The 10 Best Things to do in Mexico City
While some might think of beaches and tequila when thinking about traveling to Mexico, there's so much more to this amazing country than that.
Mexico is abundantly rich in history and culture, and is among the top culinary experiences in the world. Which is why Mexico City, or "La Cuidad de Mexico," is at the top of our list for best places to visit. Mexico City has always been the major-metropolitan hub of Mexico, but as of late it has been attracting the curiosity of those both near and far. It is regarded as one of the safest cities to visit in Mexico and has a downtown filled with numerous attractions for people to visit.
This list includes our absolute must-do activities to help you plan your time in this beautiful city.
This is a given, especially when visiting Mexico City. The food culture is apparent from the second you get off the plane. As you make your way around the city, you'll immediately notice a plethora of food stands or "puestos" lining the streets.
With so many options it can sometimes get hard to choose. Asking a local for their favorite taco spot is always a great idea... we know from experience. Taqueria Los Cocuyos in the center of the city serves some of the best tacos you'll ever have and is extremely affordable.
The Torre Latinoamericana was Latin America’s tallest building when constructed in 1956. Since than its withstood several major earthquakes including those of 1985 and 2017. Its views from the 44th floor observation deck and the 41st floor lounge are absolutely spectacular. Admission includes access to an on-site museum dedicated to Mexico City's history. However, for those visiting the bar — admission is free.
CENTRO HISTÓRICO (HISTORIC CENTER)
Mexico City's Centro Histórico is home to museums, famous plazas, historic buildings and several tourist attractions.
PALACIO DE BELLAS ARTES
The Palacio de Bellas Artes is the most important cultural center in all of Mexico. Numerous cultural events are held here and it houses incredible murals by Mexican artist Diego Rivera.
Just a few blocks from the Palacio is where you can find El Zócalo. It's Mexico City’s main square, also referred to as La Plaza de la Constitution. Not only is this square extremely spectacular for its massive size, but it's also a place of historic importance. It was once Tenochtitlan’s main ceremonial center.
The Templo Mayor is an archaeological site constructed during the era of the Aztecs as the central temple. Being one of the most important temples of its time, it was dedicated to Huitzilopochtli (God of war) and Tlaloc (God of agriculture). Today, tourists can explore the past by visiting the Templo Mayor and the on-site museum.
MUSEO DE FRIDA KAHLO AND COYOACÁN
Coyoacán is a small district, that over the years has become the epicenter for art and culture in Mexico’s capital. Its history dates back almost 500 years and is noted for its cobblestone streets, small parks and plazas, colonial mansions, churches and many historic buildings.
Coyoacán is also notable for being the place where Frida Kahlo spent most of her life. In fact, the home in which she lived in until her death is still standing. Her home, known as La Casa Azul (The Blue House), was donated by Khalo’s husband, Diego Rivera, with the intention of making it a museum in her honor. Her work (along with that of Diego Rivera) is on display, offering a glimpse inside the mind of one of Mexico's most celebrated artist.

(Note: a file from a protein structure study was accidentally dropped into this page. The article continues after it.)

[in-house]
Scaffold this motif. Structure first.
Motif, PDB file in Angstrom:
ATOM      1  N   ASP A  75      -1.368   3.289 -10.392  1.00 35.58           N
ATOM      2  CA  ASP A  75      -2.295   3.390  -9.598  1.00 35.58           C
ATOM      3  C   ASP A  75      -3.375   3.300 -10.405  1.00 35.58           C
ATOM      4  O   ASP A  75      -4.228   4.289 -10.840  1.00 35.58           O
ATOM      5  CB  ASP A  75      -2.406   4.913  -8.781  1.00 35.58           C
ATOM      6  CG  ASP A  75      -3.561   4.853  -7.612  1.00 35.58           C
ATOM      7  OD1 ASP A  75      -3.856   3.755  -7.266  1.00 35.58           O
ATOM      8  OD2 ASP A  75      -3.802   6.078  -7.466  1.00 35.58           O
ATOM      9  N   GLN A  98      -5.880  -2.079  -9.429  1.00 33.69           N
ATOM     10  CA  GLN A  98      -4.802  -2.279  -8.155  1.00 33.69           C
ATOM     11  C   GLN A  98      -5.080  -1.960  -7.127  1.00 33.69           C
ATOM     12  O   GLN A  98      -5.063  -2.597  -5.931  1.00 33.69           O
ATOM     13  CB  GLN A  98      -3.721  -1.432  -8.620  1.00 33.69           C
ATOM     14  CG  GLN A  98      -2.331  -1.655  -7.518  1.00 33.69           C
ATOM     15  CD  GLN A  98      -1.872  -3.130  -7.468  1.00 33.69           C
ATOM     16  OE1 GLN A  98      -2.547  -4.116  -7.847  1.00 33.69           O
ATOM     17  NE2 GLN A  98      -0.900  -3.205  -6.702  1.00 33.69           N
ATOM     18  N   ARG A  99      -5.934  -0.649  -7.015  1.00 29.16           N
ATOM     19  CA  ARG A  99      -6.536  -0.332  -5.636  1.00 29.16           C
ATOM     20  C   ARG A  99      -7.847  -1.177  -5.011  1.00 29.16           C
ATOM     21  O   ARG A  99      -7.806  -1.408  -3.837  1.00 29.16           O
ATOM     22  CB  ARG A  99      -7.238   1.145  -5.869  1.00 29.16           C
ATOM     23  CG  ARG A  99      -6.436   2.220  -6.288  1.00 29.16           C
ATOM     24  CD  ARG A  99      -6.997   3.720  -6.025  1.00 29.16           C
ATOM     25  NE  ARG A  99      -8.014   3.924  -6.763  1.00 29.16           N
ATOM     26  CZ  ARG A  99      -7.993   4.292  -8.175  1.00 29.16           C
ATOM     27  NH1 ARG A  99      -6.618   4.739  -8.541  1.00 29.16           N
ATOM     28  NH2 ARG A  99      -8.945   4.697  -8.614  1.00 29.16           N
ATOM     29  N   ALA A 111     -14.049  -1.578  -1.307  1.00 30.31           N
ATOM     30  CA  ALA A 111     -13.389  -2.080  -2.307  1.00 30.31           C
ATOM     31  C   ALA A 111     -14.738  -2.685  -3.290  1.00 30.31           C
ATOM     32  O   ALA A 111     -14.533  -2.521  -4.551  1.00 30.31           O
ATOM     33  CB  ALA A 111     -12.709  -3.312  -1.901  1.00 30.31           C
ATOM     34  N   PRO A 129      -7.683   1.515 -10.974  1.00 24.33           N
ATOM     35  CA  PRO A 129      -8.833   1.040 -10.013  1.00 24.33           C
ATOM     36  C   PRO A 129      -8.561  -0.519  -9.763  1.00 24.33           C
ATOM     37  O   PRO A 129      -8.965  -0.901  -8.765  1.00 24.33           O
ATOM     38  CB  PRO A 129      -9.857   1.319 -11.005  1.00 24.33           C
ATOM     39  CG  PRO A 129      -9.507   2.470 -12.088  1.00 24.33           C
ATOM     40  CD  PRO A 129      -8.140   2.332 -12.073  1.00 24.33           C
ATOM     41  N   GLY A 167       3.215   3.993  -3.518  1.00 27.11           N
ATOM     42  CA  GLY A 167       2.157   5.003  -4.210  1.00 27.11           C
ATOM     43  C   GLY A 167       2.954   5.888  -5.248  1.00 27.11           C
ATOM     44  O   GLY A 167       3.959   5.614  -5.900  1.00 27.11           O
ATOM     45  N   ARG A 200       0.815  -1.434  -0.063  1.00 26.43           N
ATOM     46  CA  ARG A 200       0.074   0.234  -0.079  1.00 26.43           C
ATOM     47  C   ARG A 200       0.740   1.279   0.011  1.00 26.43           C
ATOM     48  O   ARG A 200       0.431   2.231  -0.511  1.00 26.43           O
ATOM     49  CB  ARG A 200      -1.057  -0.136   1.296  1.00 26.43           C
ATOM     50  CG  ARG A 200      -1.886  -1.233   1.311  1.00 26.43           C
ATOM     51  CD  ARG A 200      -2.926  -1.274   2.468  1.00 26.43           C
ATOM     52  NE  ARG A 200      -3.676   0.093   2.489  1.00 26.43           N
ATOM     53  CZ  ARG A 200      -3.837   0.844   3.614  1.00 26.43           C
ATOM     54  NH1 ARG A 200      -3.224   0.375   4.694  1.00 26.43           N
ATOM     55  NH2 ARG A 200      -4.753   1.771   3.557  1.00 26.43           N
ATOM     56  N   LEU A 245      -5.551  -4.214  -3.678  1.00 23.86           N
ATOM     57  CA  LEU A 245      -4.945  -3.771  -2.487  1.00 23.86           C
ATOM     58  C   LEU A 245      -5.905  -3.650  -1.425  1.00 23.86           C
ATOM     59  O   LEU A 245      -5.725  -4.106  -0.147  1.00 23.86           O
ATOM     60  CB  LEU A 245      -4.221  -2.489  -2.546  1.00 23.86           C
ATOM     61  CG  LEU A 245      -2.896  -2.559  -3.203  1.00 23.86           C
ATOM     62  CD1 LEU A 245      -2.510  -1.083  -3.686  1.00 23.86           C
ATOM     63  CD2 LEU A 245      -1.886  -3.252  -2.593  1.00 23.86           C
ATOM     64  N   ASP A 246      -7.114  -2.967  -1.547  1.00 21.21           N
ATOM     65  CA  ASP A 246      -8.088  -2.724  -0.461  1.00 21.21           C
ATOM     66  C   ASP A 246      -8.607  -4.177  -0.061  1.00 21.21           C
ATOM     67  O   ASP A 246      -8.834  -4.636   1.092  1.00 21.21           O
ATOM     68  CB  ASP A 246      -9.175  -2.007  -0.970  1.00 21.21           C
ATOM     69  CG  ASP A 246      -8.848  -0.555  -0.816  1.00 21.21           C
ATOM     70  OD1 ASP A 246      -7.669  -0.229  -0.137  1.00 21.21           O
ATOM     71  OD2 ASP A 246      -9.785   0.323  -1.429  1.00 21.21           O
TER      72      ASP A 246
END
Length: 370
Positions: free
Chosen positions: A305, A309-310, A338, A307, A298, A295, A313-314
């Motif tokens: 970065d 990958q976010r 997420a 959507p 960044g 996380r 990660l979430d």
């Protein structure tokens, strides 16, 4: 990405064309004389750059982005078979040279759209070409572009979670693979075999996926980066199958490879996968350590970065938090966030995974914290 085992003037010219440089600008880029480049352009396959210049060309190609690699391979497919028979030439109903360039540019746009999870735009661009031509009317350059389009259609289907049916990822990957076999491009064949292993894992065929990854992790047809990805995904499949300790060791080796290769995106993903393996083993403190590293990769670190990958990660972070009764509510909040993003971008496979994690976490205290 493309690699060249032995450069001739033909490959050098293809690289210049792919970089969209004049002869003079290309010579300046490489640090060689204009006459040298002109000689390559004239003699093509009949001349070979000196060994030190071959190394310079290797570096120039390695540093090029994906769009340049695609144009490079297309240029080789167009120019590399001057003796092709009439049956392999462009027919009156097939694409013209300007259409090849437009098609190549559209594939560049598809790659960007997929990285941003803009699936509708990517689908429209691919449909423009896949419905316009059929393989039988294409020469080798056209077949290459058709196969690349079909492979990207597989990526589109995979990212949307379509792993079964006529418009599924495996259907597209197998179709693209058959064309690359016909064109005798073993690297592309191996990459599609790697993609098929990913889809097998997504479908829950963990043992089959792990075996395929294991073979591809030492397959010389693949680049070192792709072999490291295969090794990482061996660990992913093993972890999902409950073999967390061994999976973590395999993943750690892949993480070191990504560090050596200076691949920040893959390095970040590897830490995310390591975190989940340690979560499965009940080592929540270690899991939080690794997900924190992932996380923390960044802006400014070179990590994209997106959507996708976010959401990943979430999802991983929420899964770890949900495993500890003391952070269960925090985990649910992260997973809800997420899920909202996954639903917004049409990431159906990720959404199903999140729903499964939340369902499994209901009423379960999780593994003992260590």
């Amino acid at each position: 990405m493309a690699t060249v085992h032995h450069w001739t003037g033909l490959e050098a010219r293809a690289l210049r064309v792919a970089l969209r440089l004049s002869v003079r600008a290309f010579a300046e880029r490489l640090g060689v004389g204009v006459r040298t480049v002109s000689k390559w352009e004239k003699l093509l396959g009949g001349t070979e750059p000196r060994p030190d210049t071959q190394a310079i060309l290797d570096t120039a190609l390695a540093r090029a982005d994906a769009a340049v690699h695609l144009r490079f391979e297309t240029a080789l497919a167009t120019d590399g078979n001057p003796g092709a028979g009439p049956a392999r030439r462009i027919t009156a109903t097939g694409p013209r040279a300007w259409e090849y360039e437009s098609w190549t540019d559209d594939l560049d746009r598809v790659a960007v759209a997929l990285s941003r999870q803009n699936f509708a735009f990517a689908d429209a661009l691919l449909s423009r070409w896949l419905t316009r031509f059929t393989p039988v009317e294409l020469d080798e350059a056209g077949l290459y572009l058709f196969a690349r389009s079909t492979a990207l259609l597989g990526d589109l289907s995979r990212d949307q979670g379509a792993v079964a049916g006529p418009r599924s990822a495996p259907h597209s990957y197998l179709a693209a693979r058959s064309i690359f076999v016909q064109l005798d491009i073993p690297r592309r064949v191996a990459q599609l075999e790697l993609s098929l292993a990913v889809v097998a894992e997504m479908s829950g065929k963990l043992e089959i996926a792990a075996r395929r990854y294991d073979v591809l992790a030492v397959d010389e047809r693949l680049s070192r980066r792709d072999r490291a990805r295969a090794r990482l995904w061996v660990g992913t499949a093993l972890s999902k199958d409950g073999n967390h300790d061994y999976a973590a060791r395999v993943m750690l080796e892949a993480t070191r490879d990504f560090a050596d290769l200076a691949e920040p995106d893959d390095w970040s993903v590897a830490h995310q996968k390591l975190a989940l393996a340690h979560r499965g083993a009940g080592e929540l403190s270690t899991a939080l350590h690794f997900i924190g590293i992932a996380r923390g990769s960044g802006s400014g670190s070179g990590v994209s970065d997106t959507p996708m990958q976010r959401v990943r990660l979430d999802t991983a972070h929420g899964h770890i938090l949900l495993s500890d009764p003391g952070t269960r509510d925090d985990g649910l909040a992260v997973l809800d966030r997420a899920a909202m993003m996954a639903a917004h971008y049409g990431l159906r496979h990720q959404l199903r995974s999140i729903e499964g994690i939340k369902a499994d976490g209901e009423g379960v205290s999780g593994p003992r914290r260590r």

MUSEO NATIONAL DE ANTROPOLOGÍA (MUSEUM OF ANTHROPOLOGY)
This world-renowned museum is one of Mexico's most visited tourist attractions. From the minute you enter, you'll notice its large rectangular courtyard surrounded on three sides by two-level exhibit halls. The 12 ground-floor exhibits are dedicated to pre-Hispanic Mexico, while the upper-level is dedicated to how Mexico’s indigenous descendants live today.
CASTILLO DE CHAPULTEPEC
Chapultepec Castle (Castillo de Chapultepec) is a beautiful historic castle perched high above Mexico City. It was designed in the 18th century as a country home for the local Spanish viceroy, but has since served many functions. Including as a military academy and a presidential palace.
Today, its preserved interior is open to visitors and also houses the National Museum of History. Learn about the story behind the castle as well as the history of “New Spain” and Mexico’s struggle for independence.
LA VILLA DE GUADALUPE
The Basilica of Our Lady of Guadalupe is a Roman Catholic church, basilica and National shrine of Mexico. The shrine was built near the hill of Tepeyac where Our Lady of Guadalupe is believed to have appeared to Saint Juan Diego Cuauhtlatoatzin. This site is also known as La Villa de Guadalupe, as it has several churches and related buildings. This is one of the most important pilgrimage sites of Catholicism.
Surrounded in mystery, is a place that experts all over the world are still trying to understand — Teotihuacan. It’s one of Mexico’s largest, and most mysterious archaeological sites. With the third largest pyramid in the world being found here, a visit to the pyramids of Teotihuacan is a trip not to be missed.
Xochimilco is also a little off the beaten path, but the effort to get here is worth it. Here, you'll have the opportunity to float along a huge network of canals on a trajinera (traditional flat-bottom boat).
For decades, locals and visitors have enjoyed the tradition of renting a boat and captain for a few hours of leisure and sometimes debauchery. Sites include other trajineras loaded with snacks, drinks, souvenirs, and mariachis. Whose music can be a heard up and down the canals.
This is one of Mexico City’s most ritzy upper-class neighborhoods. It's packed with high-end hotels and shopping malls as well as important theaters, art galleries, and museums. It is also home to some of Latin America’s best restaurants; like Pujol and Quintonil, as well as a number of posh bars.